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Google buys India's trains app maker in Next Billion User drive

December 16, 2018 09:29 IST

This is the second acquisition Google is making to boost its NBU initiative, having acquired four-month-old Halli Labs founded by Pankaj Gupta in July 2017, reports Yuvraj Malik.

IMAGE: Google CEO Sundar Pichai. Photograph: Adnan Abidi/Reuters
 

Search giant Google has acquired Sigmoid Labs, the start-up behind popular app 'Where is my train', as it looks to bolster its efforts to build India-specific apps and services.

In a post on its website recently, Sigmoid announced that its team would become part of Google's Next Billion User (NBU) group post the acquisition.

A Google spokesperson confirmed the development, without disclosing the terms of the deal.

This is the second acquisition Google is making to boost its NBU initiative, having acquired four-month-old Halli Labs founded by Pankaj Gupta in July 2017.

Rolled out in 2016, 'Where is my train' is among the most-popular apps in its category, boasting of 10 million installs on Android.

It works on a technology that uses data from cellphone towers to map the location of cellular devices, and in turn that of a train.

This way, the service doesn't rely on Internet connectivity or global positioning system (GPS) to function, making it a good fit for India where Internet and smartphone penetration is still low.

"We created the 'Where is my train' app with the mission to use technology to improve the lives of millions of Indian train travellers.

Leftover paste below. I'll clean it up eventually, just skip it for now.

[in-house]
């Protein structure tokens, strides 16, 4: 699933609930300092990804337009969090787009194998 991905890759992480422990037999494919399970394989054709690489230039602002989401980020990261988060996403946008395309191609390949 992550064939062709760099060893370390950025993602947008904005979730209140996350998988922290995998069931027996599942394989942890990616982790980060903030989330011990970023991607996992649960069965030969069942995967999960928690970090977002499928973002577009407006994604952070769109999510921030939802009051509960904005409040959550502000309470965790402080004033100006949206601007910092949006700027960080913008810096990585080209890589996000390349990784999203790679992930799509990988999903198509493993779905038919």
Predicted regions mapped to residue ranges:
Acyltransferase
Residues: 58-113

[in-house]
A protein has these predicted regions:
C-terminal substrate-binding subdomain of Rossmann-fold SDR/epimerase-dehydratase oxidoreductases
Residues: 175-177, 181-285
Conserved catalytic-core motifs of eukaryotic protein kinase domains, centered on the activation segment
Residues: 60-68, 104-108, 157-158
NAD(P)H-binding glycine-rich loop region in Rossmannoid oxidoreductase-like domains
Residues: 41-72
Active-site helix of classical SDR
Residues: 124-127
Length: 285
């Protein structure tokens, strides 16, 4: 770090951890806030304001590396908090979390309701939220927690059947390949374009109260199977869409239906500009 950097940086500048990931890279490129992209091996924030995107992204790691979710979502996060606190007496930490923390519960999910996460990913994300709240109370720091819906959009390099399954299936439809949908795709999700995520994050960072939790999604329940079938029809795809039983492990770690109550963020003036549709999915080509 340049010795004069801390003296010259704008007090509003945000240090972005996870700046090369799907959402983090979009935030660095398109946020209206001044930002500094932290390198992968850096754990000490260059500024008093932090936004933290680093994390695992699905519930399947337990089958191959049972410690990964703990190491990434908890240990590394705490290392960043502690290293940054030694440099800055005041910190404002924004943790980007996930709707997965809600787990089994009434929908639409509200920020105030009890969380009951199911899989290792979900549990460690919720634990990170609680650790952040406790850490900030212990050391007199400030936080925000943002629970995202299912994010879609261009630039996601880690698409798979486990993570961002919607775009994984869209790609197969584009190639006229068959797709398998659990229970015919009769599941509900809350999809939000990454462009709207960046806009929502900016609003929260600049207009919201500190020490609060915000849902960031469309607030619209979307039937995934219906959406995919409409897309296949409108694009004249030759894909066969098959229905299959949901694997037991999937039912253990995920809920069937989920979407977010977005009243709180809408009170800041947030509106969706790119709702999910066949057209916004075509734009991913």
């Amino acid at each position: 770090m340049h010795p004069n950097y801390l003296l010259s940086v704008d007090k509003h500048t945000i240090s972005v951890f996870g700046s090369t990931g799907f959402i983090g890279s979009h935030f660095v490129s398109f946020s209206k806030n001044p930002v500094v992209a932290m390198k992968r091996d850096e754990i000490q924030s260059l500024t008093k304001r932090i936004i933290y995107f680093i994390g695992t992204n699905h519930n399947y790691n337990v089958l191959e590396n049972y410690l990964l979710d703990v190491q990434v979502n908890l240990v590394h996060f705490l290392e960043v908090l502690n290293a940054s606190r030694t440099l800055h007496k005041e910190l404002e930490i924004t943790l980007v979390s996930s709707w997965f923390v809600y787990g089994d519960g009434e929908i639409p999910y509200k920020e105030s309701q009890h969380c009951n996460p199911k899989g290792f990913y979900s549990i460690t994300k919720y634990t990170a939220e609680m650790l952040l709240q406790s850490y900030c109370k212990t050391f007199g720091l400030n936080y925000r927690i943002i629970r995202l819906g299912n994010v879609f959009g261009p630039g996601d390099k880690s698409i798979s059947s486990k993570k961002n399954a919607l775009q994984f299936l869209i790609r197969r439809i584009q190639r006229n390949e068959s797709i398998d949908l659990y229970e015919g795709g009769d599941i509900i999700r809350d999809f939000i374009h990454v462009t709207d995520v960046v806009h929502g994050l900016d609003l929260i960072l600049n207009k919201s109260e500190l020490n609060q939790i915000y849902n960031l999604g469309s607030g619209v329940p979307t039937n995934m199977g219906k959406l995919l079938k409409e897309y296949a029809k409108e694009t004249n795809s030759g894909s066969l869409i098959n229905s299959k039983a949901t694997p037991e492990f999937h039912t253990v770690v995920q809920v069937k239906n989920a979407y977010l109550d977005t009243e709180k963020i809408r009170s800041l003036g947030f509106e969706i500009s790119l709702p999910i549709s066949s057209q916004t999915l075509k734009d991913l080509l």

"Over time, we've improved the app to make it even more convenient and useful..." a post by Sigmoid Labs reads.

"That's why we're excited to share that Sigmoid Labs, the team behind the "Where is my train" app, is joining Google.

"We can think of no better place to help us achieve our mission, and we're excited to join Google to help bring technology and information into more people's hands."

The acquisition is important for Google as the search giant is rolling out new products and services attuned to the needs of India's majority new and upcoming Internet users.

The company has said these new users are very different from early adopters of the Internet and smartphones in India not only in terms of what they search online but also the language they do it in.

IMAGE: Where is my train app works on a technology that uses data from cellphone towers to map the location of cellular devices, and in turn that of a train. Photograph: Kind courtesy, Anirudh Emani/Wikimedia Commons

Over the past one year, Google has launched an offline feature on YouTube, two-wheeler and bus routes on Google Maps, and a Hindi version of Google Assistant, among other things.

It also has local payments app Google Pay (initially called Tez), and Neighbourly, that crowdsources information from users in a Q&A-styled app.

Having more use cases for Indian users and local languages support are the cornerstones of the NBU initiative, Rajan Anandan, vice-president, South East Asia and India at Google, had said in June.

The latest acquisition is a step in the same direction.

With the 'Where is my train' platform, Google gets access to its users, their preferences, booking trends, payment methods, and much more.

It is not clear whether the app will continue in the same form and how it will integrate with other Google services.

The company declined to comment further.

Yuvraj Malik in Bengaluru
Source: source
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